Interest rate futures on portfolio duration (reading 25)

Q #12 on page 151 (background text on pg 115-116)

To employ futures contracts to increase the duration of a bond portfolio, we could:

A ) sell interest rate futures to increase portfolio duration

B ) buy interest rate futures to increase portfolio duration

C ) buy interest rate futures to decrease portfolio duration

My answer was A, but the correct answer is B.

Why does buying an interest rate future increase porfolio duration? In the case of rising rates, wouldn’t the profit on the future contract offset the loss on the bonds, thereby reducing duration?

when rate rises - without the futures contract - the portfolio would have shrunk in value. that would reduce duration of the portfolio. buying the futures contract - will offset loss on the portfolio (just as you have said). so based on that - status quo or close to status quo - no change in duration [when compared to the original portfolio] is achieved. So duration of the portfolio is increased [and this is in comparison to the portfolio without the futures contracts]. does that make sense?

I think my mistake was in thinking that being long interest futures was opposite to being long on a bond.

This may be a better way to think about it. When you are long a T-Bond futures contract you own the asset (i.e. underlying cheap to deliver bond) when you short a T-Bond futures contract you own the liability. As a result, you increase the duration of an existing bond portfolio by buying futures (positive duration plus positive duration) or you decrease the duration of an exiting bond portfolio buy selling futures (positive duration plus negative duration). From an active FI approach, if you own the bond portfolio and think the overall level of interest rates will shift higher, you go long the futures contract, which will increase the duration of the overall position (higher sensitive to interest rates) and may earn a higher profit if the shift is realized.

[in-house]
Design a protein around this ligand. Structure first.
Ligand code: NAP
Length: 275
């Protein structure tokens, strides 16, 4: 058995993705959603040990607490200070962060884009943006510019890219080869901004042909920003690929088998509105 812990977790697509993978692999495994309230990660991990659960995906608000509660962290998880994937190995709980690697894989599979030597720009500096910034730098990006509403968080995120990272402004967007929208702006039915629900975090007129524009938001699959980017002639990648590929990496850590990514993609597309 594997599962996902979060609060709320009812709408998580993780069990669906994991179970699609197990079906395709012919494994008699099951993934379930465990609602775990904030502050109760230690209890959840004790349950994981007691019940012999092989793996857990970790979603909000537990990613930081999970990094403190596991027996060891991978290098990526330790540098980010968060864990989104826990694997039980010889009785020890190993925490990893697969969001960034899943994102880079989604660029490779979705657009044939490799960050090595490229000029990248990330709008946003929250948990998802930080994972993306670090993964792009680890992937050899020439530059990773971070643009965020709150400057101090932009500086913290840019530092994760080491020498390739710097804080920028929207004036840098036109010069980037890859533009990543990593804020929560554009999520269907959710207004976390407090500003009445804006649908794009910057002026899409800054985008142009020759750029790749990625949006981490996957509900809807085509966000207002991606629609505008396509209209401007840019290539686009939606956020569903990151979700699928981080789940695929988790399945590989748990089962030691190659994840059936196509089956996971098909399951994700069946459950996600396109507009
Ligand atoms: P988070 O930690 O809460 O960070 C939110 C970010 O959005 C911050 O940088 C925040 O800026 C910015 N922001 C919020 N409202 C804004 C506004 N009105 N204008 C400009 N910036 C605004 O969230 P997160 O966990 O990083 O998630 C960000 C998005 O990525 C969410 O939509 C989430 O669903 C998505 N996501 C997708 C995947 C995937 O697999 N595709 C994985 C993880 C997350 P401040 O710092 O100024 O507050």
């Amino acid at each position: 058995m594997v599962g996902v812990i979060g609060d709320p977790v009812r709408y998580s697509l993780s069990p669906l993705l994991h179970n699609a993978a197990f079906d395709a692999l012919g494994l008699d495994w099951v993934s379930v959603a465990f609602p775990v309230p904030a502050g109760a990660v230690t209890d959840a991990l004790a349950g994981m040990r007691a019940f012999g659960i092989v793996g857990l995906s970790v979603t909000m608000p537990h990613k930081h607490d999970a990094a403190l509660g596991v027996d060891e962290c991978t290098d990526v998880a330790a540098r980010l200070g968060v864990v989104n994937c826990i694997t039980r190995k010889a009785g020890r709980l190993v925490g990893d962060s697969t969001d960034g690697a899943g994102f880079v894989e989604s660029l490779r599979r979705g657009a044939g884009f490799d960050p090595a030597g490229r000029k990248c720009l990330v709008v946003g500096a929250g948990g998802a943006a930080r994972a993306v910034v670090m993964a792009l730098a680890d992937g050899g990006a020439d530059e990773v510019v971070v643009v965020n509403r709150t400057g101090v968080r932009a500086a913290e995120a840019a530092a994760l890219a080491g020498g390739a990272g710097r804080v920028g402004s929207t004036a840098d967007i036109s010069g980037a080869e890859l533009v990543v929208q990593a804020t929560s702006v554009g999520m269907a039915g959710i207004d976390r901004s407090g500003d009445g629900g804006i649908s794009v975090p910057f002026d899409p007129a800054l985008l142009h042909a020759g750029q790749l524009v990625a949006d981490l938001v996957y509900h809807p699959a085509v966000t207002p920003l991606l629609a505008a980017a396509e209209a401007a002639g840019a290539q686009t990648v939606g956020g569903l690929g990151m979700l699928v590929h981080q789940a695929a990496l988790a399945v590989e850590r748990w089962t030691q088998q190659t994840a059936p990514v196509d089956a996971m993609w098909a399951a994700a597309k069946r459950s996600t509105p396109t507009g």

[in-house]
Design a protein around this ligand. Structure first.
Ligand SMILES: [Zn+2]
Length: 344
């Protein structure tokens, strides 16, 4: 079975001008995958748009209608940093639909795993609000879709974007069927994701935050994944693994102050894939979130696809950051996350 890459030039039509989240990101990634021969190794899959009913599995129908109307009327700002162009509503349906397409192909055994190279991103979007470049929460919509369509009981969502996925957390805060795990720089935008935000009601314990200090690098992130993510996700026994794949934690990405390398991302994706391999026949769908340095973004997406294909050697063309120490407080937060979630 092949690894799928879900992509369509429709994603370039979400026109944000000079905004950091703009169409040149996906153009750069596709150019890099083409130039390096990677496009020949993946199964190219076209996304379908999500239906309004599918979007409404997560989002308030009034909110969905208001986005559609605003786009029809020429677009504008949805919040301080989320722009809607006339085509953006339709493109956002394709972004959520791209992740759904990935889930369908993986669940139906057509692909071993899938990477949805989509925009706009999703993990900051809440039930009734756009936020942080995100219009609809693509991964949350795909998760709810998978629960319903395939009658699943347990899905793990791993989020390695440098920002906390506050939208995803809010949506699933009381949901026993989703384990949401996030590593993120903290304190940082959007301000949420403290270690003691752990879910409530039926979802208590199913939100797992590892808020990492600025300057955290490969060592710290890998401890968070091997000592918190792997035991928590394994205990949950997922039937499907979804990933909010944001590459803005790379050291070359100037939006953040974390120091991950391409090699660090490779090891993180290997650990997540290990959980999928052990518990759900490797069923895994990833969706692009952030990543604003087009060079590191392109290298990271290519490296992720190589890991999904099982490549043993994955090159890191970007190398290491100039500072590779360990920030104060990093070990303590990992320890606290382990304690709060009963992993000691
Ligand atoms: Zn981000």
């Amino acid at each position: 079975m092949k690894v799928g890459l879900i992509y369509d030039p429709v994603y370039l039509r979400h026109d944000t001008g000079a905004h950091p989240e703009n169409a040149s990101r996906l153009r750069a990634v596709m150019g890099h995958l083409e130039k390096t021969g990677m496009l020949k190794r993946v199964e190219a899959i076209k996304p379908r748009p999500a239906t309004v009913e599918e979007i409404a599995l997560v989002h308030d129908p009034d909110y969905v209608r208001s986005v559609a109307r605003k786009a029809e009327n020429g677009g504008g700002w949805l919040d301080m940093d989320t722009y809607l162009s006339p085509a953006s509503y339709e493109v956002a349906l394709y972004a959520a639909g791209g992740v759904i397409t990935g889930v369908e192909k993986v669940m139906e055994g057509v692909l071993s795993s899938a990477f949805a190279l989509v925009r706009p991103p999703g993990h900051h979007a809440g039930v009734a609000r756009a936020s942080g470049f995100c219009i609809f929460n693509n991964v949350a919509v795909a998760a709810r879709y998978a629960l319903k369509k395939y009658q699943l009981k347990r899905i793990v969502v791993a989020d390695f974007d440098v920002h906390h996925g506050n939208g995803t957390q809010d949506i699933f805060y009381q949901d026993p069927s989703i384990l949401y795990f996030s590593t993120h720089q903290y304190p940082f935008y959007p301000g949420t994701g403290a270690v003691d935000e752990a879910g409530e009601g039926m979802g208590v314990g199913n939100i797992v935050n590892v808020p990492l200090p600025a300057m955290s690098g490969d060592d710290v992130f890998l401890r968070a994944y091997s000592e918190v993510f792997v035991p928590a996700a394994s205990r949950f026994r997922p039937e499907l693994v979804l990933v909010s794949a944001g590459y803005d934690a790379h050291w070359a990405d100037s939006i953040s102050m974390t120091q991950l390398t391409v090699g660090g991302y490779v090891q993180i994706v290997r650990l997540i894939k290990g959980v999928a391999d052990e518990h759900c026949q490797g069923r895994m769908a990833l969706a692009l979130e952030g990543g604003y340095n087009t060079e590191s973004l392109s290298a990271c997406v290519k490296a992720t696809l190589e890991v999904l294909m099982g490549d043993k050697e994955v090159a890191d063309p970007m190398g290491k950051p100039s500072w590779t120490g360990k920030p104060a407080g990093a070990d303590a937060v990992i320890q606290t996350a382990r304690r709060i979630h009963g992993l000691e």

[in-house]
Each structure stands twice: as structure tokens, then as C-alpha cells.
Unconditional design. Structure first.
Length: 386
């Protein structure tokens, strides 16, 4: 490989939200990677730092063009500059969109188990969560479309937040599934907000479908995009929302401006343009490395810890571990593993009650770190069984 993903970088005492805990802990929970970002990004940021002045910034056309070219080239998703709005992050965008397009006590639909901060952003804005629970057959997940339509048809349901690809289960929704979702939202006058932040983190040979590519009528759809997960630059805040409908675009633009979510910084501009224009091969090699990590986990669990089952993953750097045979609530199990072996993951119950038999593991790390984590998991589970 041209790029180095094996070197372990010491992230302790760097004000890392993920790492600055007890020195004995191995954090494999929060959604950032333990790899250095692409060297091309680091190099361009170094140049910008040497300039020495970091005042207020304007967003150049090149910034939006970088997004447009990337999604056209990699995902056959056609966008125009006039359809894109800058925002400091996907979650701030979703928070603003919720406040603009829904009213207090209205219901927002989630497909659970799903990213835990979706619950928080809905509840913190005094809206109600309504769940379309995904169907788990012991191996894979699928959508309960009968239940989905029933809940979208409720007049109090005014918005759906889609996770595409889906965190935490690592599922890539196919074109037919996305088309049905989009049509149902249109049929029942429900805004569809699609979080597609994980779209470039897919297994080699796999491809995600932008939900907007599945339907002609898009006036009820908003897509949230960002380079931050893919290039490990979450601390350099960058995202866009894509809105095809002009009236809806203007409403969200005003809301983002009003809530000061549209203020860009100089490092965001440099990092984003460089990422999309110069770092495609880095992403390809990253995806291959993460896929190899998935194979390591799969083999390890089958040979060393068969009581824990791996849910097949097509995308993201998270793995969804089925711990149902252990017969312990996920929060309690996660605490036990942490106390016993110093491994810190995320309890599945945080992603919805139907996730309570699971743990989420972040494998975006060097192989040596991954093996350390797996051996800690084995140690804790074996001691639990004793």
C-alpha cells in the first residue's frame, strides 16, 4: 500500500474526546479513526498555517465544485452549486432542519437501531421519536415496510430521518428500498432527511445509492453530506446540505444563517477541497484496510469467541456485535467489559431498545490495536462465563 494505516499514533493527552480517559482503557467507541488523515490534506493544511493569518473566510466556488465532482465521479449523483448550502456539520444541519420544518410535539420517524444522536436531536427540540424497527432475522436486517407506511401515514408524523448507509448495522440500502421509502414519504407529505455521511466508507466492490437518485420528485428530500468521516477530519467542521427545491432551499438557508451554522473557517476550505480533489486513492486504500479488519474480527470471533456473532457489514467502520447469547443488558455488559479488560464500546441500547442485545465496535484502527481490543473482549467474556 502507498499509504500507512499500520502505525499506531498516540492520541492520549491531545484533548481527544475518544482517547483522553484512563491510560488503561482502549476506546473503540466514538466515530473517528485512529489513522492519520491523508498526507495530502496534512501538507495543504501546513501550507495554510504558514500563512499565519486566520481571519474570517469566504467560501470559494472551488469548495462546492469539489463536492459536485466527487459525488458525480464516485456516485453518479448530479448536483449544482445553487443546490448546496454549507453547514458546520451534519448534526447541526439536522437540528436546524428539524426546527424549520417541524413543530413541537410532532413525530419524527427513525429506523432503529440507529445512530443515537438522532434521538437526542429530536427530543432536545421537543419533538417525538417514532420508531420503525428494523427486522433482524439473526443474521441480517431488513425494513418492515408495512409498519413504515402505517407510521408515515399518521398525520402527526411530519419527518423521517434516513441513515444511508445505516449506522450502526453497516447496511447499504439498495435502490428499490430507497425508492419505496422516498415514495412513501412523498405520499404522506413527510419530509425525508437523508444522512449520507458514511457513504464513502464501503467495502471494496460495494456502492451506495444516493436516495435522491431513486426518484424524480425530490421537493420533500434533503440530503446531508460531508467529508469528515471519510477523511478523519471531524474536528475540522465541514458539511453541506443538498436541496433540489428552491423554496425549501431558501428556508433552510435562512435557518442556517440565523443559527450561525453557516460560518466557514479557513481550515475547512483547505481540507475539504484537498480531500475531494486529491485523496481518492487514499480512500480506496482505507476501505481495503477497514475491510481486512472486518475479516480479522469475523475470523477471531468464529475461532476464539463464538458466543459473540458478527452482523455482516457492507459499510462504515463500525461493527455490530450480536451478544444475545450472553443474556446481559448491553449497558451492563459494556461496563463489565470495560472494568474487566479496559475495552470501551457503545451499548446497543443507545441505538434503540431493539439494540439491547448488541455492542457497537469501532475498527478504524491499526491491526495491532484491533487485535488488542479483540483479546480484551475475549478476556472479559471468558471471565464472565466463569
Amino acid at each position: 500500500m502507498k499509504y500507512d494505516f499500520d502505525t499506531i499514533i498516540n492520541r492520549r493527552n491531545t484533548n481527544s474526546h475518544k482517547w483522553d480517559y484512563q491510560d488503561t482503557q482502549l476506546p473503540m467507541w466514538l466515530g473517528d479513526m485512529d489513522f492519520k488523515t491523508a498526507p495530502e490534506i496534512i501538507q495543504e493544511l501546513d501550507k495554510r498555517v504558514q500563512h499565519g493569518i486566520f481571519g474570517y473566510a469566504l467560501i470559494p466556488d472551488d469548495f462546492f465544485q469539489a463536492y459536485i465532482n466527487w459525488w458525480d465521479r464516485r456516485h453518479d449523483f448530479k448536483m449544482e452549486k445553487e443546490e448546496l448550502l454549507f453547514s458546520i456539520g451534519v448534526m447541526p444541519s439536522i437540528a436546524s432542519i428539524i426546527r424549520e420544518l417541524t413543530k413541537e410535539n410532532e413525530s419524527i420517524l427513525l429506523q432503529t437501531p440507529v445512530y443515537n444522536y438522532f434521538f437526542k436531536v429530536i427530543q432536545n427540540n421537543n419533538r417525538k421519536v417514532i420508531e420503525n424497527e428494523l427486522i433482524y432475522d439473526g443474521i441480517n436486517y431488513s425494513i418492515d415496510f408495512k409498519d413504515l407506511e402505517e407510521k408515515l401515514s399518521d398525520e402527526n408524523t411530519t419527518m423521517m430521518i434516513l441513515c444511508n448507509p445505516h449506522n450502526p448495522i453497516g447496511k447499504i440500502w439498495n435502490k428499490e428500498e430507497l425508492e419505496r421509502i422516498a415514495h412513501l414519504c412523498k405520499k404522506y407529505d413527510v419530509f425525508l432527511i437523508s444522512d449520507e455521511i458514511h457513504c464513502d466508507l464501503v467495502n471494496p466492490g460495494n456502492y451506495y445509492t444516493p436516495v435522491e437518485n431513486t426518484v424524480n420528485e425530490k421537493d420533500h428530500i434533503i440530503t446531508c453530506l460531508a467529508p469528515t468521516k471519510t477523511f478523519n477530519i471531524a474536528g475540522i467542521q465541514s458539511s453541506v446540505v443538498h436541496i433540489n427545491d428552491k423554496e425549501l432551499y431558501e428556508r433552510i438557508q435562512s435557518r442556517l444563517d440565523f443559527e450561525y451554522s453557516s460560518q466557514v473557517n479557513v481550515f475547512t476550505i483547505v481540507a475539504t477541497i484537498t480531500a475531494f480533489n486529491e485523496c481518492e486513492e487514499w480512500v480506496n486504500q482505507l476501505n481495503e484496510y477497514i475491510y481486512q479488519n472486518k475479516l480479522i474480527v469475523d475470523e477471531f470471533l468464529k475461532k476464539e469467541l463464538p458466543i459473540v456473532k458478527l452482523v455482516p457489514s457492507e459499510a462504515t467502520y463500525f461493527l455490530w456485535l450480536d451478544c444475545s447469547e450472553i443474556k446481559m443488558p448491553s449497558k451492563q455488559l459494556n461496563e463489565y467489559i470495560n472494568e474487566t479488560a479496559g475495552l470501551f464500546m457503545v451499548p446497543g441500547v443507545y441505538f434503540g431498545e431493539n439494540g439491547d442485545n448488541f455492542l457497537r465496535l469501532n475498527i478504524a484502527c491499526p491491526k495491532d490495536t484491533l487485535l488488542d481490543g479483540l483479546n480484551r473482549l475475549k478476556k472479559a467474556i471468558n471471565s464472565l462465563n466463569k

Buying an interest rate futures contract allows the buyer of the contract to lock in a future investment rate; not a borrowing rate as many believe. Definition of Interest Rate Future on page 114 did not make this clear. The underlying instrument that buyer of the interest rate future receives that seller delivers on settlement date is a bond. So, long on interest rate futures contract is long on a bond.

May I ask whether there are two different products in reality with titles: (1) interest rate futures and (2) bond futures? Do they refer the same thing in substance? Which one will be used for risk management of long bonds? pls.

Both exist. The most popular ones are bond futures, used for bond portfolios. Interest rates futures are normally for 3-month interest only, based on Eurodollar, Euribor, normally for risk management of loans. Go to the CME website if you want more info for each products.

Buy an interest futures = Sell a bond futures ?